storing ones of said sub-sampled results in a memory in response to the slowed clock signal and corresponding respective ones of the write addresses.
21. The method of claim 20, wherein the storing of ones of the sub-sampled results includes accumulating the sub-sampled results so as to generate a thermometer code.
22. The method of claim 20, further comprising generating the repeating time-base signal as a function of continually selecting between clock signals of differing delay to create a composite signal and phase filtering the composite signal to achieve the repeating time-base signal.
23. The method of claim 22, wherein said continually selecting between the clock signals is performed using a selection signal, the method further including generating the selection signal as a function of the contents of a circular memory.
24. The method of claim 22, wherein said phase filtering of the composite signal comprises phase filtering the composite signal with a phase-locked loop.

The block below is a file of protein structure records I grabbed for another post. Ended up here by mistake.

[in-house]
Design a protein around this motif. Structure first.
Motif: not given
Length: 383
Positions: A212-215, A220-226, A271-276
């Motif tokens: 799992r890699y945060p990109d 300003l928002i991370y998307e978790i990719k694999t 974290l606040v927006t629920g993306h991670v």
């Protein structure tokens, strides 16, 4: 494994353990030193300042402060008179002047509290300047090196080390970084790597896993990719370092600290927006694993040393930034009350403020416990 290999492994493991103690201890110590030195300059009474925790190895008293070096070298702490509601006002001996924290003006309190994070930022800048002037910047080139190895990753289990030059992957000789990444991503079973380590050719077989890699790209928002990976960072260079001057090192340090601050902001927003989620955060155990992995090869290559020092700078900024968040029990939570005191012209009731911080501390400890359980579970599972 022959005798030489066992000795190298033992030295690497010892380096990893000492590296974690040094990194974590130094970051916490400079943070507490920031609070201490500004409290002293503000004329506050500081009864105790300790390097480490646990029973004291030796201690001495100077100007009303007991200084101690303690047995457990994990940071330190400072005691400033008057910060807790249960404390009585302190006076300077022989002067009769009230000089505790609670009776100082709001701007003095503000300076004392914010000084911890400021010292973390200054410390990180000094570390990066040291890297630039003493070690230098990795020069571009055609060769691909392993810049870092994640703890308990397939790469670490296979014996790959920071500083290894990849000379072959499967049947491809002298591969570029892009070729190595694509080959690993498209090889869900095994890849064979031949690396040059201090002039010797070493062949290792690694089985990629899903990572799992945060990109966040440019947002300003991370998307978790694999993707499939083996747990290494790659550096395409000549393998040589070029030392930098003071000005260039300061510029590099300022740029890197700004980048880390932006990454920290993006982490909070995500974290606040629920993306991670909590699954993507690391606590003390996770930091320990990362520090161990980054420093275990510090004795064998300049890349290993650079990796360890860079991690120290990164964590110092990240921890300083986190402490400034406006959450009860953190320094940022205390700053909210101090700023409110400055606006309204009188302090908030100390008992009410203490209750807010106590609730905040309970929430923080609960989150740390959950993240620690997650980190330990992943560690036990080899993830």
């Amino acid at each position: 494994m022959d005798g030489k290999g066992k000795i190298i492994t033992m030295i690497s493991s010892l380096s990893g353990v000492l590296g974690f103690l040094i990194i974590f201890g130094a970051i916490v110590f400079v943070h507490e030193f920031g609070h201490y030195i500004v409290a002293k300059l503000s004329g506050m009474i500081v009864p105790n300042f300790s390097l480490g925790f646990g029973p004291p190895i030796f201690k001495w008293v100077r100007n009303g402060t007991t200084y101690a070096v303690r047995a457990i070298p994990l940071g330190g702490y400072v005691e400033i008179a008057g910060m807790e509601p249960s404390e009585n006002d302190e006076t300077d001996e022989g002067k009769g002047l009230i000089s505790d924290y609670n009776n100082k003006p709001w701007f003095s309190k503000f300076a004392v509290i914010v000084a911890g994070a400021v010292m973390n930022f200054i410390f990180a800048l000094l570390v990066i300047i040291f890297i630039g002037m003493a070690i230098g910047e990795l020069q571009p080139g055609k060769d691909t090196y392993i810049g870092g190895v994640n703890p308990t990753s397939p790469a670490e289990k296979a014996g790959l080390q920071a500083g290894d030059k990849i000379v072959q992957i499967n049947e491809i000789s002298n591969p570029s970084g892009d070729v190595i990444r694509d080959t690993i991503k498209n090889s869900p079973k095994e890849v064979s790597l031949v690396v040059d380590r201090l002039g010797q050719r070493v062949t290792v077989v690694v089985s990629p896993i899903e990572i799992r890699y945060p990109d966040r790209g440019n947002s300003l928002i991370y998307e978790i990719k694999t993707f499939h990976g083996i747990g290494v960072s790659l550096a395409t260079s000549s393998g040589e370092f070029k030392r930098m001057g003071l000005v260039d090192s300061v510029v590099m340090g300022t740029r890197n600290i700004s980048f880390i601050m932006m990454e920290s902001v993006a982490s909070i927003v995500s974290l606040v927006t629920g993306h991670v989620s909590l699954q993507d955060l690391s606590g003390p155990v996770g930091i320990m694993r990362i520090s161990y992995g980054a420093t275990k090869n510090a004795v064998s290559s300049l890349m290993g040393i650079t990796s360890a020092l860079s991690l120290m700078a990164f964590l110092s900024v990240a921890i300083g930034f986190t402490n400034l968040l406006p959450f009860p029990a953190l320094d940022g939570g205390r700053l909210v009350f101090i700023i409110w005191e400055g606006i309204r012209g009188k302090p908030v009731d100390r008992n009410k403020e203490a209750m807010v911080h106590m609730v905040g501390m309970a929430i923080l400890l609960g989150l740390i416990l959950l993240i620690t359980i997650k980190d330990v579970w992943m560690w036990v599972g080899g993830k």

Description
RELATED APPLICATION DATA

This application claims the benefit of priority of U.S. Provisional Patent Application Ser. No. 60/830,797, filed on Jul. 14, 2006, and titled “Signal Integrity Measurement System And Method Using A Predominantly Digital Time-Base Generator,” which is incorporated herein by reference in its entirety.

FIELD OF INVENTION

The present invention relates generally to the measurement of high-speed digital data. More particularly, the present invention is directed to a high-speed signal testing system having oscilloscope functionality.

BACKGROUND